Pyrite porphyroblast paragenesis at the Cherokee Mine, Ducktown, Tennessee

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Virginia Polytechnic Institute and State University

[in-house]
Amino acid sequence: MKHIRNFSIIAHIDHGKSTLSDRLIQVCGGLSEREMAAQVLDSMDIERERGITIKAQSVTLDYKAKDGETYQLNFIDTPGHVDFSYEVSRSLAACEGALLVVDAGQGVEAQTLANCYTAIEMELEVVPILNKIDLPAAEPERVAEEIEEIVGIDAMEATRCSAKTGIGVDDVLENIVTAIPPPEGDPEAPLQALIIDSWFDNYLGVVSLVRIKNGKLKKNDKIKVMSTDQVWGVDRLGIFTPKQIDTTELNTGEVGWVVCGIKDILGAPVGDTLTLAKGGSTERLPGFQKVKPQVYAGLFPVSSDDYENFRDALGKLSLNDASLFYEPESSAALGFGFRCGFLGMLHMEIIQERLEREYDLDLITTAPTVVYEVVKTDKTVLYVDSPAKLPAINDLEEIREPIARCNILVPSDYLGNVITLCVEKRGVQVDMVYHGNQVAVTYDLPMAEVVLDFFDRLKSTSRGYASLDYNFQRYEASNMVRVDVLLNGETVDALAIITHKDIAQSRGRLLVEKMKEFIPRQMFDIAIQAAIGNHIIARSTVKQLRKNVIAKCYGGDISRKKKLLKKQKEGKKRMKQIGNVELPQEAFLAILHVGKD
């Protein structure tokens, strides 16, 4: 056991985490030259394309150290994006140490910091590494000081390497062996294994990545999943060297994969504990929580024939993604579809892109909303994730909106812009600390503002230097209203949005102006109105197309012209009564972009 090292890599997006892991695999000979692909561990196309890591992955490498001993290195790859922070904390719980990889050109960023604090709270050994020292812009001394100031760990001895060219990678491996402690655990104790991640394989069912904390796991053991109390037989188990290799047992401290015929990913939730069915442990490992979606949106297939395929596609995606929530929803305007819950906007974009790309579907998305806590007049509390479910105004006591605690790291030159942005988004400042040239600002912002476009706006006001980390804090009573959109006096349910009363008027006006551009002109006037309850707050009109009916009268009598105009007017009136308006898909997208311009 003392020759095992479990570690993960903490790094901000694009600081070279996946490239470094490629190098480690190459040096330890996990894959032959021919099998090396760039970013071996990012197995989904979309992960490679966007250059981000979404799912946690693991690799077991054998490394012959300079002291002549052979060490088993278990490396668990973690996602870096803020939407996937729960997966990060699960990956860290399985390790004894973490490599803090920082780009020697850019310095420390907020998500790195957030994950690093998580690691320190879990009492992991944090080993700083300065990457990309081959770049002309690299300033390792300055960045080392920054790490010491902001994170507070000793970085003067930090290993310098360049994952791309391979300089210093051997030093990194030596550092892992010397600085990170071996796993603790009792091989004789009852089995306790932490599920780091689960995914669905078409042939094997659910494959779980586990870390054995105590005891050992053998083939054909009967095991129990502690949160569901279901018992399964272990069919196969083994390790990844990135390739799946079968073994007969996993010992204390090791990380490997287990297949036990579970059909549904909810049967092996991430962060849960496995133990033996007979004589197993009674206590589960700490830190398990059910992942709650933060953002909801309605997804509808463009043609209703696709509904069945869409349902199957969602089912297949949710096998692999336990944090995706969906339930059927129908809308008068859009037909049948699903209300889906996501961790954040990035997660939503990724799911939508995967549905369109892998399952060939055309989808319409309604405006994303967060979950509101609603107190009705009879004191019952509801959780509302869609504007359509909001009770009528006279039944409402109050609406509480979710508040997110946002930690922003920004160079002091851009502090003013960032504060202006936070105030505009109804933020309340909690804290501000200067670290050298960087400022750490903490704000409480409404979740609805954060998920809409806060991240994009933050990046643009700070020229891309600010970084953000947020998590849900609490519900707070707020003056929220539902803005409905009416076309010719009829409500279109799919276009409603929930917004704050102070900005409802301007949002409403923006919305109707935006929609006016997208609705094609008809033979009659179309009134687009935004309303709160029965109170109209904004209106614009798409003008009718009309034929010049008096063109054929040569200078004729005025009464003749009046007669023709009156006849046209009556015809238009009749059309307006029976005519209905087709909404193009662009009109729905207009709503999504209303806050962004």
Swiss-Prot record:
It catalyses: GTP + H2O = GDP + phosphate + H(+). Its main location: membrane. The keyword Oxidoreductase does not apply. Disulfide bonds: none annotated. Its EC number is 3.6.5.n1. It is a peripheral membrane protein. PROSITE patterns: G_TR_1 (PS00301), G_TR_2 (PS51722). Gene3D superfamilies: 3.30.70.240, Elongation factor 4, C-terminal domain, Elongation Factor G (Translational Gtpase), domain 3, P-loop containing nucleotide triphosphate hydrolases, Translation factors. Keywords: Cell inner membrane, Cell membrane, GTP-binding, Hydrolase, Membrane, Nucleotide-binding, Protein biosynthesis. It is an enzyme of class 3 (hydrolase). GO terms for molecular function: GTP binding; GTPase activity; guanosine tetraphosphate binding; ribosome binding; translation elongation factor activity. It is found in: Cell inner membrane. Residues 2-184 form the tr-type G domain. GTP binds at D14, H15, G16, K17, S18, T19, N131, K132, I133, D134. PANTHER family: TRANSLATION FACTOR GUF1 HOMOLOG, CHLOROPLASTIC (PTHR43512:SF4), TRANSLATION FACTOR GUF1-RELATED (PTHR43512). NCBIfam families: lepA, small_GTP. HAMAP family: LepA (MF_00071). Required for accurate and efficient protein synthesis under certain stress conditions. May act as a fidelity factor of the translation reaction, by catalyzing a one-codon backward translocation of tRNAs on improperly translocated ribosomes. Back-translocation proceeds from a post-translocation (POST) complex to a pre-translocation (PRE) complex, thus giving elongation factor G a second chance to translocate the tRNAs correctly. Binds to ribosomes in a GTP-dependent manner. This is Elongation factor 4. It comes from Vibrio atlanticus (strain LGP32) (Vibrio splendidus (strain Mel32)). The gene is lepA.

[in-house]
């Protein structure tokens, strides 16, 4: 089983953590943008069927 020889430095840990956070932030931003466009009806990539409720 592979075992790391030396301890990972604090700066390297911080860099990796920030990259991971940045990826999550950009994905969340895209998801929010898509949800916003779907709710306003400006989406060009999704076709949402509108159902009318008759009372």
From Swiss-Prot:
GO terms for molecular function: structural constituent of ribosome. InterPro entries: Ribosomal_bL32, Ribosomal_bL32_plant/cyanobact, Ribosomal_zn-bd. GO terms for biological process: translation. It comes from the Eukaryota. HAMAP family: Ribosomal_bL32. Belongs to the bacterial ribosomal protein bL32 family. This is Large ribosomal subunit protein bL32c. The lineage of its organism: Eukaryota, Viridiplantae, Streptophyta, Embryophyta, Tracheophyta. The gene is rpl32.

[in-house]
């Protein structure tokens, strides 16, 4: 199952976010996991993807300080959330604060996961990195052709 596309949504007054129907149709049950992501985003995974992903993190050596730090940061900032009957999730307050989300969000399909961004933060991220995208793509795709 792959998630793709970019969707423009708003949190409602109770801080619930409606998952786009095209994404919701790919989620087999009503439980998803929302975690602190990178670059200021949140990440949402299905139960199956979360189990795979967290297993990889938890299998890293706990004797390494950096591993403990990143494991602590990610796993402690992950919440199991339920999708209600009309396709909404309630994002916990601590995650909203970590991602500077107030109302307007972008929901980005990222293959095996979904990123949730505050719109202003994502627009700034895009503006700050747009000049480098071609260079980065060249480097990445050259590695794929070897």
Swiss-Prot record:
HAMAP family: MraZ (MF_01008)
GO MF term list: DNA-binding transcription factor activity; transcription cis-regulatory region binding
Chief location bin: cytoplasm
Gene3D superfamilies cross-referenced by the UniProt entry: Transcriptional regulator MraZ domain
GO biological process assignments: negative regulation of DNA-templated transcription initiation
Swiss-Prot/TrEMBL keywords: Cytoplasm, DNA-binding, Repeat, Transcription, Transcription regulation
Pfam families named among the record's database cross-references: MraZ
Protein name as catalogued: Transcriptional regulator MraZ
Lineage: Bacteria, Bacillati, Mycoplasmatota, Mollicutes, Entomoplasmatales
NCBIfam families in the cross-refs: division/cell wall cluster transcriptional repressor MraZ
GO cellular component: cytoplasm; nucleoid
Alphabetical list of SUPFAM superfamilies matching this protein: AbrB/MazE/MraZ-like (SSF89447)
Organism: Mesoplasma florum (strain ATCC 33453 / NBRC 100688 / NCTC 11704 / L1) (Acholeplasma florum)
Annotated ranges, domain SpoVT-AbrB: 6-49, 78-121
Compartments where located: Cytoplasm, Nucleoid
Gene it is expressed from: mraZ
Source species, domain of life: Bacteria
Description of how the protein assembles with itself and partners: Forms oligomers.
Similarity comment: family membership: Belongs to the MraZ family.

Pyrite porphyroblasts up to 300 mm in size are common in the polymetamorphosed, iron-rich, stratabound, massive sulfide ore at the Cherokee Mine, Ducktown, Tennessee. These porphyroblasts contain abundant inclusions of sphalerite, calcite, and micas that are used to determine the paragenesis of the porphyroblasts and the metamorphic history of the ore deposit. The ore mineralogy at the mine is: hexagonal pyrrhotite (60%), pyrite (30%), chalcopyrite (4%), sphalerite (3 %), and magnetite (3 %) with minor galena, molybdenum, tetrahedrite, bismuth, ilmenite, and rutile. The ore body is interpreted to have been syngenetic and to have contained both primary pyrrhotite and primary pyrite: additional pyrite may have formed as crusty accretions resulting from oxidation of primary pyrrhotite shortly after deposition. The early pyrites were later deformed and acted as seeds for the formation of the larger porphyroblasts by Ostwald ripening, and by the annealing of small pyrite grains into larger porphyroblasts, during isochemical metamorphism. Sphalerite geobarometry indicates initial growth of the pyrite porphyroblasts began at 6.8± 0.8 kilobars and that many sphalerite grains underwent some degree of re-equilibration at a later stage. Fluid inclusions formed during retrograde metamorphism have salinities near 12 % NaCl with a vapor phase rich in CO₂. Pyrrhotite-pyrite compositional profiles indicate at least partial re-equilibration of hexagonal pyrrhotite down to about 270°C. At lower temperatures further compositional re-equilibration was probably prevented, because the coexisting pyrite was too refractory to release the sulfur needed for the hexagonal pyrrhotite to react to monoclinic pyrrhotite.